usually make videos on the questions I get asked the most, because it makes sense.

And sometimes it's hard to, it's better to answer a question
in a video, especially if people ask about it a lot.

So it's even easier to tell them to go watch the
video because they'll actually get an answer as well.

A 15 or 20 minute answer or something instead of a two minute answer.

Yeah.

Well I had a burning question, so I'm going to be selfish for a minute and, and change the
topic because we've got some great questions we'll get into, we'll get to them in a little bit.

But as someone who's helping companies deploy software I'm kind of
curious about where, where uh, you know, I understand how all the
security knobs on Docker and containers and like where I need now.

Maybe not all of them, but I, I feel like I know it pretty well.

In fact, I've got for those of you that have not been on this channel and
you're interested in things like Docker and Kubernetes and container security.

I have a, I have a URL bret.show/securityfirst.

And this actually goes to a question.

I get a lot about how do I lock down Docker?

How do I keep it secure?

How do, what do all the things I should turn.

And, and the way that I approach really any system security, assuming you've got
a program that's running on a server somewhere, I'm not going to focus on desktop.

None of that stuff on mobile, just my world is servers on the internet or
servers and data centers, usually Linux, but not always sometimes windows.

And so I always look, I always go down.

My, my mental framing of this answer is about the biggest bang for the buck and the easiest.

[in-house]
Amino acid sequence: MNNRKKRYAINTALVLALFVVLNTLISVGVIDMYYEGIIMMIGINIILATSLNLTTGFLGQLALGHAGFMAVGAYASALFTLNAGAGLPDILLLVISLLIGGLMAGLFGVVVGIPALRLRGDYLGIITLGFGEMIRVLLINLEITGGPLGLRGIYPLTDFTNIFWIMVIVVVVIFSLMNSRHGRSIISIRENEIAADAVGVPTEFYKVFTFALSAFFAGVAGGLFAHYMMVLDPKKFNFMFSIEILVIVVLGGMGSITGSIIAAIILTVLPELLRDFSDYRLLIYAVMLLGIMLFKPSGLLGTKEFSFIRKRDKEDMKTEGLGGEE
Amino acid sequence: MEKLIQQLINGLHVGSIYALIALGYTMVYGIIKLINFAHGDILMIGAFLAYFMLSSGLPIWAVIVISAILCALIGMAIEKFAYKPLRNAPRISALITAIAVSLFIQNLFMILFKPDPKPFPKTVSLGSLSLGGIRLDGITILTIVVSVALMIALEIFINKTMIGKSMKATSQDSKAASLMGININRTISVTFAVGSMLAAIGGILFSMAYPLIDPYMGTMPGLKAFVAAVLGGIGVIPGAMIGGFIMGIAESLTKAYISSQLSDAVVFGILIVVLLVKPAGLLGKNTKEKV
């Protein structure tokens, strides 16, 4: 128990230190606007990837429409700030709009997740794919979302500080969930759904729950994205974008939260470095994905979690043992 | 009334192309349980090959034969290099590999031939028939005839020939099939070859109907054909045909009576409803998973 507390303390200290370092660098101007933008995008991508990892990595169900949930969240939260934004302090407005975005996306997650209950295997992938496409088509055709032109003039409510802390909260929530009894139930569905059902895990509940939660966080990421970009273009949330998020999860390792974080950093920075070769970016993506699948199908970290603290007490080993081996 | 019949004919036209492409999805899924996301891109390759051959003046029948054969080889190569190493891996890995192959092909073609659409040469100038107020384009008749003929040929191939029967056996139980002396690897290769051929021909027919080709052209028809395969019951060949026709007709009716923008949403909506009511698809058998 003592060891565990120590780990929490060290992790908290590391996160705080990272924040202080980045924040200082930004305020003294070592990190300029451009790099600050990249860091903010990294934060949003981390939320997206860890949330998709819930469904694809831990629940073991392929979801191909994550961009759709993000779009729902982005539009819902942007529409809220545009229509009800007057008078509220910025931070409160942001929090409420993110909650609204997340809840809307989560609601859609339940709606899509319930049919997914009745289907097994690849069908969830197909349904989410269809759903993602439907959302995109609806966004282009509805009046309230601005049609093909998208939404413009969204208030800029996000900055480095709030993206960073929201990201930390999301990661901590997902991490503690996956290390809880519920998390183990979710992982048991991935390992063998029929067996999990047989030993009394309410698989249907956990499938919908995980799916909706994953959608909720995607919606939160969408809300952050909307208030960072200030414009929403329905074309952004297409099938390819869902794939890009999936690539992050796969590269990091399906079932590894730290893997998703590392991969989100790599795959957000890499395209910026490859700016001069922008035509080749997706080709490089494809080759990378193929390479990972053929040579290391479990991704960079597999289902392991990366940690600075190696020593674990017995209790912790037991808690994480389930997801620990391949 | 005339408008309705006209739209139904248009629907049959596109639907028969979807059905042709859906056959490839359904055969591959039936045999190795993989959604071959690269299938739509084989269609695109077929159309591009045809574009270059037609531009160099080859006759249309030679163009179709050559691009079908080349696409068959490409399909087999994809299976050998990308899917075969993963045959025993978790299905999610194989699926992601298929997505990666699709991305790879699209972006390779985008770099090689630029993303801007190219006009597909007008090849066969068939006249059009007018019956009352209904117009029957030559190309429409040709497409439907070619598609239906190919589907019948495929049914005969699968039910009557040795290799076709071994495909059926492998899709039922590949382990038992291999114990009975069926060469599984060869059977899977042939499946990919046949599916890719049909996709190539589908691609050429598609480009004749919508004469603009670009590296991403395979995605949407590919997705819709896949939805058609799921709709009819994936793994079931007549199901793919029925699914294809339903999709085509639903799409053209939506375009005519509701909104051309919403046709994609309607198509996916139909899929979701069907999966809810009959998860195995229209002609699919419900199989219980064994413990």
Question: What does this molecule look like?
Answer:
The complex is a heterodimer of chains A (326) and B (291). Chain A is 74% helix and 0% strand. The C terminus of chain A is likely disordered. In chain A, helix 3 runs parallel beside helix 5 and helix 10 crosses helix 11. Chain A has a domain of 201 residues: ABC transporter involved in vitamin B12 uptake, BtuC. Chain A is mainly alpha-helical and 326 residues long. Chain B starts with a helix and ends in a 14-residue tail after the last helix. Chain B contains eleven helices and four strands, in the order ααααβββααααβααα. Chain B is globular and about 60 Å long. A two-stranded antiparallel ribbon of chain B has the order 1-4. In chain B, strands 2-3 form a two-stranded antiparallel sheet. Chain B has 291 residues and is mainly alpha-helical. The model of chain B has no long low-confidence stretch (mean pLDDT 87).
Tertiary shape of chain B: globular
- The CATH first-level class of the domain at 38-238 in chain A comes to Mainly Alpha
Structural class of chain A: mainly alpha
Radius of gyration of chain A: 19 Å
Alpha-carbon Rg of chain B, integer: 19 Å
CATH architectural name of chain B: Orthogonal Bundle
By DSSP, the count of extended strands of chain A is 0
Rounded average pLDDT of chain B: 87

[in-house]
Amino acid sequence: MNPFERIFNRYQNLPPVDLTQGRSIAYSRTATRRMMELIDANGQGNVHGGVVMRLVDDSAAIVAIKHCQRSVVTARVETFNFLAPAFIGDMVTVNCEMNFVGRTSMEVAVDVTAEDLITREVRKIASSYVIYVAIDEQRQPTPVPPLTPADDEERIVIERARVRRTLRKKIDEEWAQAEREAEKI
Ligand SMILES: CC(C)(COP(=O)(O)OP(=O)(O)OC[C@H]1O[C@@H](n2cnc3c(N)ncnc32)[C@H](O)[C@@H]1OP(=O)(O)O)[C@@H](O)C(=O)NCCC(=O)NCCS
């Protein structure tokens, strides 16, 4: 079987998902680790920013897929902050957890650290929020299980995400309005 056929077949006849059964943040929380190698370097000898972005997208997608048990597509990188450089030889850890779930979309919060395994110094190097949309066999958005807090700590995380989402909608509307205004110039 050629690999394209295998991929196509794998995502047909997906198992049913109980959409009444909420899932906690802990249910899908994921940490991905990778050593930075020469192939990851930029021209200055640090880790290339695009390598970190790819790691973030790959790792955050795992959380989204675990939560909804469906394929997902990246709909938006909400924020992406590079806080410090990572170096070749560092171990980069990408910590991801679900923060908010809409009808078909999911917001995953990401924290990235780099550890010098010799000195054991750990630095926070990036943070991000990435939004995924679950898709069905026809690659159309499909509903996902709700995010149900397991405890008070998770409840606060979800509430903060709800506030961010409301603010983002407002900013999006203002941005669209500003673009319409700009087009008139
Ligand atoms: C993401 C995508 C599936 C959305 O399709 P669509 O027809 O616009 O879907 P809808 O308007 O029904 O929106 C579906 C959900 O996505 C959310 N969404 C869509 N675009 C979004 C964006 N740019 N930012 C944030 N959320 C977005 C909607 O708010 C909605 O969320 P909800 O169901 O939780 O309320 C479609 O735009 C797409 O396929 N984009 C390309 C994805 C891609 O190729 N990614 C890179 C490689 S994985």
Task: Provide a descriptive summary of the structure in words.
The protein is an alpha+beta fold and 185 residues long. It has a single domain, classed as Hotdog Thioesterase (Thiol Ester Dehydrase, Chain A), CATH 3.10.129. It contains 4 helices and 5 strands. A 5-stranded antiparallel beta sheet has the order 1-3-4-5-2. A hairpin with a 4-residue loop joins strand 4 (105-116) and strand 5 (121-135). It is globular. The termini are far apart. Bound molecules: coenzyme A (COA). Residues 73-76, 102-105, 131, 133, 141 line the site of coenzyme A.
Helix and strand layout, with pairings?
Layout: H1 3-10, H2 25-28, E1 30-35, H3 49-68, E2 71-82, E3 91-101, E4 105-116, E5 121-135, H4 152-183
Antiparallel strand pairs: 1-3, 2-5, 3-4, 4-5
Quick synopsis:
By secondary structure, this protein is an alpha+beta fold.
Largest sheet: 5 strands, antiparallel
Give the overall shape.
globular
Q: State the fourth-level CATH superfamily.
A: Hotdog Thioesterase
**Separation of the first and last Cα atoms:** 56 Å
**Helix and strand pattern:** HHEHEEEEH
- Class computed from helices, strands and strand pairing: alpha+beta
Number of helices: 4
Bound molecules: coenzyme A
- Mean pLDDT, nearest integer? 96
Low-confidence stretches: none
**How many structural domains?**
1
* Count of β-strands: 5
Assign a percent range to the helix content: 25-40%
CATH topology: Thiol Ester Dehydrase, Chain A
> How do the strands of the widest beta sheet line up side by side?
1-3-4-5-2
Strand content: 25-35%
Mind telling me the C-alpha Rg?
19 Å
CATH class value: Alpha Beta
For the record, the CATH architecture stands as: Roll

So there's two factors to me, how, how what's the likelihood that this will actually improve
real-world security versus theoretical security, because I know a lot of things are like, you
can turn that knob, but it's not really, it's very rare that that's ever going to be exploited.

And then how easy is it for me to implement in the
team or on the systems and the caveats of all that.

So I, so for those of you watching, I put it in the chat that I, as a refined
list that people keep coming at me with and we just go, it used to be a top 10.

Now it's like a top 15.

And it's really focusing specifically on Docker and containers and
Linux and the, and basically the top one is the one you approach first.

And then by the time you get to the bottom, you're dealing with like full
pipeline Shaw hashing of code to guarantee that nothing's changed in production.

We call that sick content trust and secure pipelines to make sure that what's running
on the server is actually what you committed in your git a code and all that stuff.

So it gets really complicated down at the bottom.

We talk about rootless stuff in there about not
running as root cause Docker by default runs its root.

So once I've done that, and I, so assuming that I understand my system, the real question
that I was wanting to talk about was like you as a pentester, if you're coming into my company
and I'm going to set up an imaginary scenario, like I've got a, it's a typical web solution.

So it's got a web front end a way, a web API.